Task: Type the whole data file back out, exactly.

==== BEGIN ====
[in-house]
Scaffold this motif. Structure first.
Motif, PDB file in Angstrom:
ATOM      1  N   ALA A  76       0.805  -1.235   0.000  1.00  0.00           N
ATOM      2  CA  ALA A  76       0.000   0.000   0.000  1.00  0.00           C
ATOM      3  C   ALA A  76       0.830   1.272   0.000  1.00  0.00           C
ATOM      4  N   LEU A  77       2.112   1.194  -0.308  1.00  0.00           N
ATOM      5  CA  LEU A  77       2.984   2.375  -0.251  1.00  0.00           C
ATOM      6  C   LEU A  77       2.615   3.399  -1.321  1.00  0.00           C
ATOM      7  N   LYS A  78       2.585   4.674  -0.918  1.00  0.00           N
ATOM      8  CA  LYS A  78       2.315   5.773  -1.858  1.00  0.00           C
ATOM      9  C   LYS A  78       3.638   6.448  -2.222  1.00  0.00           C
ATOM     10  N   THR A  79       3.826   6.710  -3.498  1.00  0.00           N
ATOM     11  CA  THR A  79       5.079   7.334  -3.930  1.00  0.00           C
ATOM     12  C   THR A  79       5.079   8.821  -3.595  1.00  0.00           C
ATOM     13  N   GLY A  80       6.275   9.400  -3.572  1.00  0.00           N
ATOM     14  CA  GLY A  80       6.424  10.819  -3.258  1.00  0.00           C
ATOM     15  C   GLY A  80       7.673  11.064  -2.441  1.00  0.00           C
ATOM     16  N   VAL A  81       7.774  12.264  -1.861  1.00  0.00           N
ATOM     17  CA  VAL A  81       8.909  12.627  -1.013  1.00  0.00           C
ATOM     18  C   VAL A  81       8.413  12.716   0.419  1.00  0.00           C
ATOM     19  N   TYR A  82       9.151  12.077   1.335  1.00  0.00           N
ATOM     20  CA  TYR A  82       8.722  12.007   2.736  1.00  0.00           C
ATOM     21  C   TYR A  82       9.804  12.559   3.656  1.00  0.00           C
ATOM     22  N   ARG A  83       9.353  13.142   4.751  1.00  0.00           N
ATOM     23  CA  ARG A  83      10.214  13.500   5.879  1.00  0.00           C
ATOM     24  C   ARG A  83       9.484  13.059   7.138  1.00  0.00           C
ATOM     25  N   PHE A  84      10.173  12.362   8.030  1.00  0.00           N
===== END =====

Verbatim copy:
[in-house]
Scaffold this motif. Structure first.
Motif, PDB file in Angstrom:
ATOM      1  N   ALA A  76       0.805  -1.235   0.000  1.00  0.00           N
ATOM      2  CA  ALA A  76       0.000   0.000   0.000  1.00  0.00           C
ATOM      3  C   ALA A  76       0.830   1.272   0.000  1.00  0.00           C
ATOM      4  N   LEU A  77       2.112   1.194  -0.308  1.00  0.00           N
ATOM      5  CA  LEU A  77       2.984   2.375  -0.251  1.00  0.00           C
ATOM      6  C   LEU A  77       2.615   3.399  -1.321  1.00  0.00           C
ATOM      7  N   LYS A  78       2.585   4.674  -0.918  1.00  0.00           N
ATOM      8  CA  LYS A  78       2.315   5.773  -1.858  1.00  0.00           C
ATOM      9  C   LYS A  78       3.638   6.448  -2.222  1.00  0.00           C
ATOM     10  N   THR A  79       3.826   6.710  -3.498  1.00  0.00           N
ATOM     11  CA  THR A  79       5.079   7.334  -3.930  1.00  0.00           C
ATOM     12  C   THR A  79       5.079   8.821  -3.595  1.00  0.00           C
ATOM     13  N   GLY A  80       6.275   9.400  -3.572  1.00  0.00           N
ATOM     14  CA  GLY A  80       6.424  10.819  -3.258  1.00  0.00           C
ATOM     15  C   GLY A  80       7.673  11.064  -2.441  1.00  0.00           C
ATOM     16  N   VAL A  81       7.774  12.264  -1.861  1.00  0.00           N
ATOM     17  CA  VAL A  81       8.909  12.627  -1.013  1.00  0.00           C
ATOM     18  C   VAL A  81       8.413  12.716   0.419  1.00  0.00           C
ATOM     19  N   TYR A  82       9.151  12.077   1.335  1.00  0.00           N
ATOM     20  CA  TYR A  82       8.722  12.007   2.736  1.00  0.00           C
ATOM     21  C   TYR A  82       9.804  12.559   3.656  1.00  0.00           C
ATOM     22  N   ARG A  83       9.353  13.142   4.751  1.00  0.00           N
ATOM     23  CA  ARG A  83      10.214  13.500   5.879  1.00  0.00           C
ATOM     24  C   ARG A  83       9.484  13.059   7.138  1.00  0.00           C
ATOM     25  N   PHE A  84      10.173  12.362   8.030  1.00  0.00           N